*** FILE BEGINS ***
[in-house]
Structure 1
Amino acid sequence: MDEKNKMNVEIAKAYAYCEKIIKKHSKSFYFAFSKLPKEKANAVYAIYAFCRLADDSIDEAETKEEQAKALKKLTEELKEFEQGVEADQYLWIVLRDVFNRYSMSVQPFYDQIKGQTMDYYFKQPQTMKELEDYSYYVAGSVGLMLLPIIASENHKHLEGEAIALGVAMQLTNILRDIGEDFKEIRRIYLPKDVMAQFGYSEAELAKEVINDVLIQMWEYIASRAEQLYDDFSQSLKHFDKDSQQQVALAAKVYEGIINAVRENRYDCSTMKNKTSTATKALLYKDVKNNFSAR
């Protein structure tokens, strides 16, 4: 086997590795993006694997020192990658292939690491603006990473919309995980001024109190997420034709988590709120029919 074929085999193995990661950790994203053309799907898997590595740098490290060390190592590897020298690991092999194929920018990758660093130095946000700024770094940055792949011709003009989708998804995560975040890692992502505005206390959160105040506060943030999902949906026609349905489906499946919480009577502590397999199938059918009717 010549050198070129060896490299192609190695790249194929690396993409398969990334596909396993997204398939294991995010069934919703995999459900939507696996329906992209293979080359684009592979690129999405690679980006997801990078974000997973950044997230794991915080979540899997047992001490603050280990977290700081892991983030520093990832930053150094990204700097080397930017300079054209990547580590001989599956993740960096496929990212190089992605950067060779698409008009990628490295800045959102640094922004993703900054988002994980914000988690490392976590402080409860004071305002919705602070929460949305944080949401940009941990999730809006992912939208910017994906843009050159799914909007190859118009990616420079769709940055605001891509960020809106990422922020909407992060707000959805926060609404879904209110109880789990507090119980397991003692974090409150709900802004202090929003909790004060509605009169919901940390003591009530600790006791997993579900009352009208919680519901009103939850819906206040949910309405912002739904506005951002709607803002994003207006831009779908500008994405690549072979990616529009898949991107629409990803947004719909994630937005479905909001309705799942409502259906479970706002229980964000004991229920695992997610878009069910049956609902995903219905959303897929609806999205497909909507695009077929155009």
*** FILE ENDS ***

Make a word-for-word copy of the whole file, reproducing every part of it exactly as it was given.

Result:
[in-house]
Structure 1
Amino acid sequence: MDEKNKMNVEIAKAYAYCEKIIKKHSKSFYFAFSKLPKEKANAVYAIYAFCRLADDSIDEAETKEEQAKALKKLTEELKEFEQGVEADQYLWIVLRDVFNRYSMSVQPFYDQIKGQTMDYYFKQPQTMKELEDYSYYVAGSVGLMLLPIIASENHKHLEGEAIALGVAMQLTNILRDIGEDFKEIRRIYLPKDVMAQFGYSEAELAKEVINDVLIQMWEYIASRAEQLYDDFSQSLKHFDKDSQQQVALAAKVYEGIINAVRENRYDCSTMKNKTSTATKALLYKDVKNNFSAR
């Protein structure tokens, strides 16, 4: 086997590795993006694997020192990658292939690491603006990473919309995980001024109190997420034709988590709120029919 074929085999193995990661950790994203053309799907898997590595740098490290060390190592590897020298690991092999194929920018990758660093130095946000700024770094940055792949011709003009989708998804995560975040890692992502505005206390959160105040506060943030999902949906026609349905489906499946919480009577502590397999199938059918009717 010549050198070129060896490299192609190695790249194929690396993409398969990334596909396993997204398939294991995010069934919703995999459900939507696996329906992209293979080359684009592979690129999405690679980006997801990078974000997973950044997230794991915080979540899997047992001490603050280990977290700081892991983030520093990832930053150094990204700097080397930017300079054209990547580590001989599956993740960096496929990212190089992605950067060779698409008009990628490295800045959102640094922004993703900054988002994980914000988690490392976590402080409860004071305002919705602070929460949305944080949401940009941990999730809006992912939208910017994906843009050159799914909007190859118009990616420079769709940055605001891509960020809106990422922020909407992060707000959805926060609404879904209110109880789990507090119980397991003692974090409150709900802004202090929003909790004060509605009169919901940390003591009530600790006791997993579900009352009208919680519901009103939850819906206040949910309405912002739904506005951002709607803002994003207006831009779908500008994405690549072979990616529009898949991107629409990803947004719909994630937005479905909001309705799942409502259906479970706002229980964000004991229920695992997610878009069910049956609902995903219905959303897929609806999205497909909507695009077929155009």